Boris Johnson has resigned as Britain’s foreign secretary in a second major cabinet departure in less than 24 hours, plunging Theresa May’s government into chaos.
It comes after David Davis resigned as the Brexit secretary after a major row with the prime minister over plans for the future UK-EU relationship.
Donald Tusk, the European Council president, immediately suggested the twin blow might yet force the UK to rethink leaving the EU altogether.
A Downing Street spokesman said:
“This afternoon, the prime minister accepted the resignation of Boris Johnson as foreign secretary. “His replacement will be announced shortly. The prime minister thanks Boris for his work.”
On Friday it was reported that Boris went bonkers after briefings that he had signed up to the agreement at Chequers, also calling it ‘a turd’. Johnson decided he could not promote the deal.
Pressure on secretary had been mounting since fellow pro-Brexiter David Davis resigned as Brexit secretary on Sunday night.
Tom Watson, Labours deputy leader, said:
“Theresa May’s government is in meltdown. This is complete and utter chaos.
“The country is at a standstill with a divided and shambolic government. The prime minister can’t deliver Brexit and has zero authority left.”
Shadow education secretary Angela Rayner said:
“Boris Johnson has now resigned, the HMS Tory Party is sinking fast, Tories cannot even move the deckchairs around as there is nobody to sit in them any more.
“What a complete shambles the incompetent Government is, time for Tories to go ToryFail.”
Britain’s under-fire Prime Minister Theresa May thanked both David Davis and Boris Johnson for their work in the Commons.
She praised Davis for what he did steering Brexit legislation through the Commons. And she pays tribute to the ‘passion’ that Johnson showed in promoting a global Britain to the world.
May said to MP’s the friction-free movement of goods is the only way to avoid a hard border in Ireland, and a border between Ireland and Britain, and the only way to protect supply chains.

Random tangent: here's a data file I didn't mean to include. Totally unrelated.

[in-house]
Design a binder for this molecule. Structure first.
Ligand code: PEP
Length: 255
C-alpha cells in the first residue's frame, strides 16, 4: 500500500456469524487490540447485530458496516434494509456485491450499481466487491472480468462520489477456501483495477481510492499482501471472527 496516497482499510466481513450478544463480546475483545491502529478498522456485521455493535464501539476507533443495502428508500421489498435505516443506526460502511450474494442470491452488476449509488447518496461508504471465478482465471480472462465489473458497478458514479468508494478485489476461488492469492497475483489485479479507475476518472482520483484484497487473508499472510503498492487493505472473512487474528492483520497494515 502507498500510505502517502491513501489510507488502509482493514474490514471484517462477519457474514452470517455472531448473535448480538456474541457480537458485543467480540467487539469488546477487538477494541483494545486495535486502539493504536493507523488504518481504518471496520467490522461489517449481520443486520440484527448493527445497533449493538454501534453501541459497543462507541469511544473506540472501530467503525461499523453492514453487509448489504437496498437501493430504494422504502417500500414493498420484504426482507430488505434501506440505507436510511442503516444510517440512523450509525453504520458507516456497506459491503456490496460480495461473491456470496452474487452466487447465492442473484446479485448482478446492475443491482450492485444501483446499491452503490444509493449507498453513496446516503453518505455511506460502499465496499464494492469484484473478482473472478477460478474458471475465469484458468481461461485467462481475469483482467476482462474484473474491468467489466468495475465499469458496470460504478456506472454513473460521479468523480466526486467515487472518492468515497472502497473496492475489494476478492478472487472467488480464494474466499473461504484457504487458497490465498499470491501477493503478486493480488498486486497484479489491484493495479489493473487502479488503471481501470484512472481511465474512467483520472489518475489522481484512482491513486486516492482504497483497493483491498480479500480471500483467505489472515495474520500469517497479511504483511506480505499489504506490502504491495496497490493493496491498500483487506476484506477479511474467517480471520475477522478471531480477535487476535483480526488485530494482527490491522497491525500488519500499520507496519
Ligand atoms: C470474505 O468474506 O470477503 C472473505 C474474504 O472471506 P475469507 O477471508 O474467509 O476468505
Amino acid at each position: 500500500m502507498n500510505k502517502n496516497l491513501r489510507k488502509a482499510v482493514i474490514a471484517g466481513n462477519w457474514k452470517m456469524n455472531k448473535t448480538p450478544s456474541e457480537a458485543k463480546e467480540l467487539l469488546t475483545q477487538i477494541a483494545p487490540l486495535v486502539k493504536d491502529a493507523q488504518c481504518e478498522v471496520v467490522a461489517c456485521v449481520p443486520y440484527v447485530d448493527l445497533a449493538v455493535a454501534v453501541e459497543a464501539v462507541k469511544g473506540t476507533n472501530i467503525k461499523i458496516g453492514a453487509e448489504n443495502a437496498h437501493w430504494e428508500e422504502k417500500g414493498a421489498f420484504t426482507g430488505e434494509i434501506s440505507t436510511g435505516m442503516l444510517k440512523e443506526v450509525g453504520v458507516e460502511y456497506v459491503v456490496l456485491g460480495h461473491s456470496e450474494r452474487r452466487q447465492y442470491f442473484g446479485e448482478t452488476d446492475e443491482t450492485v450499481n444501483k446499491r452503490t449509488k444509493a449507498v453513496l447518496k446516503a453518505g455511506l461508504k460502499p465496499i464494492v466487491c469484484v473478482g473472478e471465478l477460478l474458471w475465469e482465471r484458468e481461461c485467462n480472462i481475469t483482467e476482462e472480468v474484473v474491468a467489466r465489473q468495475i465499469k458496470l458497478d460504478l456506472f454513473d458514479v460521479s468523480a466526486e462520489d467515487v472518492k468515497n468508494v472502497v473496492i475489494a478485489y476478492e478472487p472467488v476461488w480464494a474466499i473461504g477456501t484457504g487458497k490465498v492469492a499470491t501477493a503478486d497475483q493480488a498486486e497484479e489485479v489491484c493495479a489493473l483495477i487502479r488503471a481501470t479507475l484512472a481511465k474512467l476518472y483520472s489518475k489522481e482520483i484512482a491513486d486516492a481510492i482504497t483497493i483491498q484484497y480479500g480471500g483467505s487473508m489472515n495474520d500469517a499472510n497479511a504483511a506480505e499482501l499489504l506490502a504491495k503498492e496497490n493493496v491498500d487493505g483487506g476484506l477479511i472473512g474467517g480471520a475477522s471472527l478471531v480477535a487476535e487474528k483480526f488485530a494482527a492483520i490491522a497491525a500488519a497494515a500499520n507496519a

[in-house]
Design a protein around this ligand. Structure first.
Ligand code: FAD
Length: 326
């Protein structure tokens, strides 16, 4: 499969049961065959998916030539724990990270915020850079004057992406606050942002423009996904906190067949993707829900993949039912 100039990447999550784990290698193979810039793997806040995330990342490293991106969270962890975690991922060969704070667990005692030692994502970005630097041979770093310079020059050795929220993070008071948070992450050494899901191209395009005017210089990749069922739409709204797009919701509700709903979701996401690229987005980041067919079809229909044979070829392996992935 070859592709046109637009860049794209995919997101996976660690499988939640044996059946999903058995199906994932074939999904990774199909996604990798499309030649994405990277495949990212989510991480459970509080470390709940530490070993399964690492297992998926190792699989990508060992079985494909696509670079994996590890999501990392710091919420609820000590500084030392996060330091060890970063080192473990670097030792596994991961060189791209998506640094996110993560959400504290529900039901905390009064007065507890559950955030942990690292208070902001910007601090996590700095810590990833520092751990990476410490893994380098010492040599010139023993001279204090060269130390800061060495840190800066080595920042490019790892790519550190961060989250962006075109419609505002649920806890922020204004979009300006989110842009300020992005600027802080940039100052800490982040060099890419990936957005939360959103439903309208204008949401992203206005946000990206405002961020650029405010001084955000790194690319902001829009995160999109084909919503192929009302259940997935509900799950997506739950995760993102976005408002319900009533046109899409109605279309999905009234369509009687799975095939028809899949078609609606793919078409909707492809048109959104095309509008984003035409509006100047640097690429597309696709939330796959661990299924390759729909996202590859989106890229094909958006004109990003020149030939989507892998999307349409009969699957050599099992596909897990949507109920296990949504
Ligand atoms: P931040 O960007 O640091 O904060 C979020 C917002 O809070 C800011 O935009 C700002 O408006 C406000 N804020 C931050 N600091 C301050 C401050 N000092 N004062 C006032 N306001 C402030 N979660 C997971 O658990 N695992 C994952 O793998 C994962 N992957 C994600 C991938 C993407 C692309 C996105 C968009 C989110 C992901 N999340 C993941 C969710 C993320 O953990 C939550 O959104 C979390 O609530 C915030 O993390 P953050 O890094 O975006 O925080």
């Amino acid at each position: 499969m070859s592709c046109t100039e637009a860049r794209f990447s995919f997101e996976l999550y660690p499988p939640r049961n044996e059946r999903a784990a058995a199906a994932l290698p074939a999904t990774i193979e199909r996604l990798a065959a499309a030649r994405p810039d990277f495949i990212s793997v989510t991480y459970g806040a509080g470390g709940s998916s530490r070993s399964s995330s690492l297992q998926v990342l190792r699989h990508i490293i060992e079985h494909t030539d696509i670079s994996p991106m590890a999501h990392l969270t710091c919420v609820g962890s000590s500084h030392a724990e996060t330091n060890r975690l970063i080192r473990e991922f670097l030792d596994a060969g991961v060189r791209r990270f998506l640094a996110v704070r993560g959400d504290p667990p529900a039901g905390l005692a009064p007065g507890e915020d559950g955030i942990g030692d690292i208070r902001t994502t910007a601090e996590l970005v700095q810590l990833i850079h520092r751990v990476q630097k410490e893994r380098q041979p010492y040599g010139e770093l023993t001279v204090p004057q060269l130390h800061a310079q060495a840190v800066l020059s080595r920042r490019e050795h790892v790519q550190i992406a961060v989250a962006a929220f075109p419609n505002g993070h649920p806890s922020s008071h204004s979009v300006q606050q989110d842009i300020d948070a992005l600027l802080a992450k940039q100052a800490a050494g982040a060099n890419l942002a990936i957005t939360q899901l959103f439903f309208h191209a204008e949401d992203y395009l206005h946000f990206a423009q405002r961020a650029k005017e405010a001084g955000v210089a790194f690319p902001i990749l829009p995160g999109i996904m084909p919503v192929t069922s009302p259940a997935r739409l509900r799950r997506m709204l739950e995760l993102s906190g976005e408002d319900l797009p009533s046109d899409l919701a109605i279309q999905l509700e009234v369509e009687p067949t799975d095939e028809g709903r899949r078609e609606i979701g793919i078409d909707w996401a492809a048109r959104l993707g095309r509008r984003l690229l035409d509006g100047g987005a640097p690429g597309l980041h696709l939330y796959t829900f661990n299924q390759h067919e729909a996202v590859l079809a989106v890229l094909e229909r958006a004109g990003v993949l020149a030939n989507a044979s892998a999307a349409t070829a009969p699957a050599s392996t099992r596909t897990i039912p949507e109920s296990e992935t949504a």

She says she is proposing four steps that will enable this, which are set out in the three-page government document published on Friday night.
She says the EU goods regulations that the UK would have to accept are relatively stable. There would be a parliamentary lock on any new laws.
Politicians come and go but the problems they have created for people remain. I can only regret that the idea of #Brexit has not left with Davis and Johnson. But…who knows?
— Donald Tusk (@eucopresident) July 9, 2018
Labour leader Brendan Howlin TD said:
”With only months until the March 2019 departure date, there is a real risk that no further progress will be made on the Irish border issue until it is too late to secure a solid agreement to keep the border open in any eventuality.
“Leo Varadkar and Simon Coveney should continue to press for the Irish border issue to be resolved by the 20 September special EU Council meeting called by the Austrian presidency.
“In the event that the British Government collapses following these resignations, Leo Varadkar should propose that the EU postpones the Article 50 withdrawal date to give time for an election and government formation in the UK.”
— Ruth Davidson (@RuthDavidsonMSP) July 9, 2018
Boris Johnson is the latest to hand in a transfer request as his team hurtle towards inevitable relegation.
— Gary Lineker (@GaryLineker) July 9, 2018
Gary Gibbon of Channel 4 news now expects that there will a heave against the leader.
”It can be reasonably sure now that an attempt on the PM’s leadership will be made. Forty-eight MPs need to send in letters demanding a vote of no confidence. That now looks very plausible.
Can Theresa May survive a challenge if it comes now? There were allies who thought that was possible and said that they relished the opportunity. They may be about to get the chance to test their strength.”